CHN: Estate Tax Vote Postponed
As late as September 5, the night before Congress returned from a month-long recess, Senate Majority Leader Bill Frist (R-TN) was placing a repeal of the estate tax at the top of the Senate agenda. At the urging of Minority Leader Harry Reid (D-NV) and others in his own party, Frist scrapped those plans to focus on hurricane relief.
A vote on full repeal of the estate tax (or a dramatic reduction of the tax) has been put off indefinitely. Presumably Senator Frist wanted to spare lawmakers the discomfort they may feel in voting to give huge tax breaks to multi-millionaires such as the Mars family, the Gallo family and heirs of the Wal-Mart fortune while images of hurricane victims remained fresh in the memory of voters.
One stalwart opponent of the estate tax, Senator Jon Kyl (R-AZ), continues to push for a vote in October. At this point it appears there are not the necessary 60 Senators in favor of full repeal. The Center on Budget and Policy Priorities estimates that full repeal would cost about $1 trillion over the first ten years (2012-2021). However, Senator Kyl proposes a “compromise” that would dramatically reduce the estate tax. His plan would lift the exemption for individuals to $8 million (the current level is $1.5 million and rises to $3.5 million in 2009) and ties the rate to the 15 percent rate on capital gains and dividends (current top rate is 47 percent, phasing down to 45 percent in 2009.) The Center on Budget and Policy Priorities estimates that Senator Kyl’s proposal would cost $595 billion during its first ten years when fully in place.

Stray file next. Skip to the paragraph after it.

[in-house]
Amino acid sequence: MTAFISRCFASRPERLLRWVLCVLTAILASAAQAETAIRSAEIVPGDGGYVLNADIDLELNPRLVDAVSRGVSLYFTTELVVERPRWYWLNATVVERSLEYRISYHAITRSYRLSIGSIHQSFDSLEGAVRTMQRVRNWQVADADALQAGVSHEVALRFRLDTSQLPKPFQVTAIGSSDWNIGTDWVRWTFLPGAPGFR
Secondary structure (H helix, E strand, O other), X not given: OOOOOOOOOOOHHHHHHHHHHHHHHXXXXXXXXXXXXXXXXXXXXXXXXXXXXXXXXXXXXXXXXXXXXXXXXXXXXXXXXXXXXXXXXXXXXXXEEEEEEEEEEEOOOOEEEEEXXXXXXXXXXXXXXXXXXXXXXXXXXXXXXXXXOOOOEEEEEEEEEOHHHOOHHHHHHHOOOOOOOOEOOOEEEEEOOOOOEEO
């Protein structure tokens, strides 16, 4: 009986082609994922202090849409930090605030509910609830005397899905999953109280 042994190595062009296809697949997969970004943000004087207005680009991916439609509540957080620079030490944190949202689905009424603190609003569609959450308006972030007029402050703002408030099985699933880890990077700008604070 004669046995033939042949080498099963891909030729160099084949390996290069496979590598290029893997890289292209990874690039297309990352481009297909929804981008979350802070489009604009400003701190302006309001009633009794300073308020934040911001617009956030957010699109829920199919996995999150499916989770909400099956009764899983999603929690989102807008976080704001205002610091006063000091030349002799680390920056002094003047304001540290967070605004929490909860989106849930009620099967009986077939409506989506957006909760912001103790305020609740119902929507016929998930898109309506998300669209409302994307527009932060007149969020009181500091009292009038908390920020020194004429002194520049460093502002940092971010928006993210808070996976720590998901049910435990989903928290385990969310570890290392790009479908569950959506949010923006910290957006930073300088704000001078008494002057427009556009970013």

Only the wealthiest taxpayers are subject to the estate tax – 99 percent of estates do not pay any estate tax. Under current law, the estate tax is reduced gradually through 2009 and repealed fully in 2010. The following year it is set to return to its 2001 level if Congress takes no action.